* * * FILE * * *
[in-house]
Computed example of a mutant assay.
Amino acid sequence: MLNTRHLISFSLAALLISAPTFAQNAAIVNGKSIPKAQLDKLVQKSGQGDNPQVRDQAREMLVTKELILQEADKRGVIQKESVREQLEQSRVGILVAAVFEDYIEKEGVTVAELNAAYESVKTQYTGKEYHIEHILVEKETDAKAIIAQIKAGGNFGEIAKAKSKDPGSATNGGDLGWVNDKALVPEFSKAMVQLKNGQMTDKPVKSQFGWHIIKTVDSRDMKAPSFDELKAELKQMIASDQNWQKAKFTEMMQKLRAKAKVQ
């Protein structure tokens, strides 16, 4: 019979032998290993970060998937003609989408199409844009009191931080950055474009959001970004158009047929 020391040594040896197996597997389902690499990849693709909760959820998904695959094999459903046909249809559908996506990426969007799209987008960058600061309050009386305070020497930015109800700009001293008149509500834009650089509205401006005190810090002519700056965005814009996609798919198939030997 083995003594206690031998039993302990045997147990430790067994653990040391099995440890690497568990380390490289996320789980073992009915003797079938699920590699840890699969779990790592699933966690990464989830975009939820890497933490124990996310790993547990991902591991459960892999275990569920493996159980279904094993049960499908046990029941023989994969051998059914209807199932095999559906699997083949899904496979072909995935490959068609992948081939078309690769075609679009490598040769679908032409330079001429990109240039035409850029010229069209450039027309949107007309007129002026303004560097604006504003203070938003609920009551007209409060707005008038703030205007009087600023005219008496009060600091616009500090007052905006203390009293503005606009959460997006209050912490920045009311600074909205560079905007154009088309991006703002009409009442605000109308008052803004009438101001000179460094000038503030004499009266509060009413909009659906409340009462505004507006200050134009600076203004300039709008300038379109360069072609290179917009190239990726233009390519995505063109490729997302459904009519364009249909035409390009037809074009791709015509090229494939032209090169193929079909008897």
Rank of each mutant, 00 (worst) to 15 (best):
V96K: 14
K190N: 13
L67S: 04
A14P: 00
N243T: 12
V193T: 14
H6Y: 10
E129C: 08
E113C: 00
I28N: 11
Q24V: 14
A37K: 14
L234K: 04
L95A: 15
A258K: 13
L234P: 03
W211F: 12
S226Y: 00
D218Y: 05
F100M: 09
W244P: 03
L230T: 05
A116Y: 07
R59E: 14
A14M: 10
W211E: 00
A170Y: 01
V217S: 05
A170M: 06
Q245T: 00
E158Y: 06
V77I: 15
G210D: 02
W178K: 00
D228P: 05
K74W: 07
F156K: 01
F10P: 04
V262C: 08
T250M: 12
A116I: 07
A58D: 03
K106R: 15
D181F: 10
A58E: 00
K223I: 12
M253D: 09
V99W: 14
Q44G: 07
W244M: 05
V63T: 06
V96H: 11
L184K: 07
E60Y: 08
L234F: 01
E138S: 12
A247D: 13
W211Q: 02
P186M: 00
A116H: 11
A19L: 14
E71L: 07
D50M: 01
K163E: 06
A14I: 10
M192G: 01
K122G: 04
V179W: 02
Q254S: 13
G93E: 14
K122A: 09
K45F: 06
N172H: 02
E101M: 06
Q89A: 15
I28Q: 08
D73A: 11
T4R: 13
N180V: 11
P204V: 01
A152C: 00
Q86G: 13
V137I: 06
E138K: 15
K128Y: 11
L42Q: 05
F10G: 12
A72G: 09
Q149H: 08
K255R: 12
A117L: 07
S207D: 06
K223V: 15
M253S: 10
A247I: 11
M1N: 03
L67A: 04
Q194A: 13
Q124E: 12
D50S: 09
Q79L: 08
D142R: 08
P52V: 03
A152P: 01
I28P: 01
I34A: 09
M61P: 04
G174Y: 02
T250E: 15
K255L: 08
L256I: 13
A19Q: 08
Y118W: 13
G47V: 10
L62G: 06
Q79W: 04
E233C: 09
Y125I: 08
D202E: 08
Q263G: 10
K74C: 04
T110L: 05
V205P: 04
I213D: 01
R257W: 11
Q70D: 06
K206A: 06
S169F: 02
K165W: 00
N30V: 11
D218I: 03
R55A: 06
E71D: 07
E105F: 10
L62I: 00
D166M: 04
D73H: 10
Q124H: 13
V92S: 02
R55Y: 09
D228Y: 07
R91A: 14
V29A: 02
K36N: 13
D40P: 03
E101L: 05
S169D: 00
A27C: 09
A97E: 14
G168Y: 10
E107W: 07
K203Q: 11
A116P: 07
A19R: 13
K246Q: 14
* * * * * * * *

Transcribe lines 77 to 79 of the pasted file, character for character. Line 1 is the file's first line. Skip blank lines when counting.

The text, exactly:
K45F: 06
N172H: 02
E101M: 06